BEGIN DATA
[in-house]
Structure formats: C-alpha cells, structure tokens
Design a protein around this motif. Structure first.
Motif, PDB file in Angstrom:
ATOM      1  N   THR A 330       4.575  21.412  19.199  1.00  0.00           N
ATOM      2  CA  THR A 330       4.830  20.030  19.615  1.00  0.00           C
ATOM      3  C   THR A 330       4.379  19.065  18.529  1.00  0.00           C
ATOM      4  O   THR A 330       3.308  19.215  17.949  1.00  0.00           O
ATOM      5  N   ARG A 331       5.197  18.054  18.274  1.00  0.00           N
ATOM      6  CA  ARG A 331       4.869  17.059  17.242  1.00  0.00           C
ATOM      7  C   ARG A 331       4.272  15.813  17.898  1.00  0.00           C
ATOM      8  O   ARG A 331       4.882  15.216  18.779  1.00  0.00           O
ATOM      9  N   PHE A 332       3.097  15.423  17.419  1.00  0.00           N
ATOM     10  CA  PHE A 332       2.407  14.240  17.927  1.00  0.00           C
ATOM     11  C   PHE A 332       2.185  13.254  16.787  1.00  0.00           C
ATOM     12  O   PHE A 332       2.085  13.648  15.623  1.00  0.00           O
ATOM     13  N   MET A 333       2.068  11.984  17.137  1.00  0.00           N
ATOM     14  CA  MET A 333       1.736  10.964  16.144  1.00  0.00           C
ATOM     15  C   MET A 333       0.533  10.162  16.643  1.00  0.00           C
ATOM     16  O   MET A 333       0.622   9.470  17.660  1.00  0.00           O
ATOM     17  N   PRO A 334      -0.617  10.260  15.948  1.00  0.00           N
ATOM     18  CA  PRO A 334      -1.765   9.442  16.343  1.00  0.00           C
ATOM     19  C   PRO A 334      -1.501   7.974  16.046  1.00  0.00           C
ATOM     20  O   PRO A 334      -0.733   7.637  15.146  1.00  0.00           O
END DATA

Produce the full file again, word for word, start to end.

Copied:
[in-house]
Structure formats: C-alpha cells, structure tokens
Design a protein around this motif. Structure first.
Motif, PDB file in Angstrom:
ATOM      1  N   THR A 330       4.575  21.412  19.199  1.00  0.00           N
ATOM      2  CA  THR A 330       4.830  20.030  19.615  1.00  0.00           C
ATOM      3  C   THR A 330       4.379  19.065  18.529  1.00  0.00           C
ATOM      4  O   THR A 330       3.308  19.215  17.949  1.00  0.00           O
ATOM      5  N   ARG A 331       5.197  18.054  18.274  1.00  0.00           N
ATOM      6  CA  ARG A 331       4.869  17.059  17.242  1.00  0.00           C
ATOM      7  C   ARG A 331       4.272  15.813  17.898  1.00  0.00           C
ATOM      8  O   ARG A 331       4.882  15.216  18.779  1.00  0.00           O
ATOM      9  N   PHE A 332       3.097  15.423  17.419  1.00  0.00           N
ATOM     10  CA  PHE A 332       2.407  14.240  17.927  1.00  0.00           C
ATOM     11  C   PHE A 332       2.185  13.254  16.787  1.00  0.00           C
ATOM     12  O   PHE A 332       2.085  13.648  15.623  1.00  0.00           O
ATOM     13  N   MET A 333       2.068  11.984  17.137  1.00  0.00           N
ATOM     14  CA  MET A 333       1.736  10.964  16.144  1.00  0.00           C
ATOM     15  C   MET A 333       0.533  10.162  16.643  1.00  0.00           C
ATOM     16  O   MET A 333       0.622   9.470  17.660  1.00  0.00           O
ATOM     17  N   PRO A 334      -0.617  10.260  15.948  1.00  0.00           N
ATOM     18  CA  PRO A 334      -1.765   9.442  16.343  1.00  0.00           C
ATOM     19  C   PRO A 334      -1.501   7.974  16.046  1.00  0.00           C
ATOM     20  O   PRO A 334      -0.733   7.637  15.146  1.00  0.00           O